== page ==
It wasn’t enough for this crazy, mixed up world that a formerly broken little girl was ashamed of her past. I was also meant to be ashamed of my beauty! So I played along. I played small, I shrunk, I whispered, and tamped down my voice. And then I waited. I waited for some kind of payback for going along to get along, thinking I might get a pat on my head or a “good job” or a “well done.” Because, humility, right? Me attractive? Nope! Did I say that loud enough? Demuring compliments, lowering my expectations, feeling apologetic.
Hello?! Anybody? All those years of blogging whilst renouncing navel-gazing, narcissism and selfies. Panting for a pet! …. what? ….. no pet? Surprise surprise! The world plastered their directives all over my psyche via social and other media outlets, and then went on with their lives without so much as a backward glance in my apologetic direction.
Hmphff. Well, shit. I may as well try life as myself then.
Now here I am. Thankfully I followed my heart. My heart said, Blog! My heart said, Sing! My heart said, Angels are flanking you and they won’t let you fall! My heart said, I love you, Maria! You got this! I love you? I spent the first twenty-one years of my life never hearing those three life-giving words from either of my parents. Not once. Add to that, no hugging and no touching. I was ripe for a world that would crush my psyche repeatedly.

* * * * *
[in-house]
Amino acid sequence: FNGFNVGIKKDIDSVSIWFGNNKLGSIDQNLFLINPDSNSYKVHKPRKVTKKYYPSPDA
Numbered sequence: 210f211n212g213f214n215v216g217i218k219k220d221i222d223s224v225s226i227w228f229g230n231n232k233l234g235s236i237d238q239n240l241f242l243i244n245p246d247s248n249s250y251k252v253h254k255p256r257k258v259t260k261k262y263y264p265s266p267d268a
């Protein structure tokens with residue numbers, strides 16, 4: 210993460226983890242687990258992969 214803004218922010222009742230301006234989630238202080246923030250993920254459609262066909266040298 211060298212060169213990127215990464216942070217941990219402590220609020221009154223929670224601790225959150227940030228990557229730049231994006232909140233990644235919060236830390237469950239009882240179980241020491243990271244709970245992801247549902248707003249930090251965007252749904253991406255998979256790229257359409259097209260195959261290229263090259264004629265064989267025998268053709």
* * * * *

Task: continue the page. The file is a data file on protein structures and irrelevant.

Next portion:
Whoda thunk starting a blog about getting to know my authentic self— developing an online journal of all things!— would have led me to this place today? With readers, no less?! Yah! I know– crazy town.
Oh, you beautiful, amazing and wonderful reader, thank you for being here. I have needed courage, courage which I have drawn from many wonderful books, from podcasting spiritual coaches, and numerous other creatives. But I have also drawn courage from YOU and your reading-along eyes. Stay with me, the best is still yet to come!
Happy Anniversary to the blog! Woo-hooooo!!! I love it and I love YOU!
Pictured: Me, at four and a half, pre-American-life & me, at fifty, post-nine-to-five life.
P.S. Check out Episode #20 on the podcast to hear A Little Something Extra.
P.P.S. In celebration, just for this anniversary post, comments are open 🙂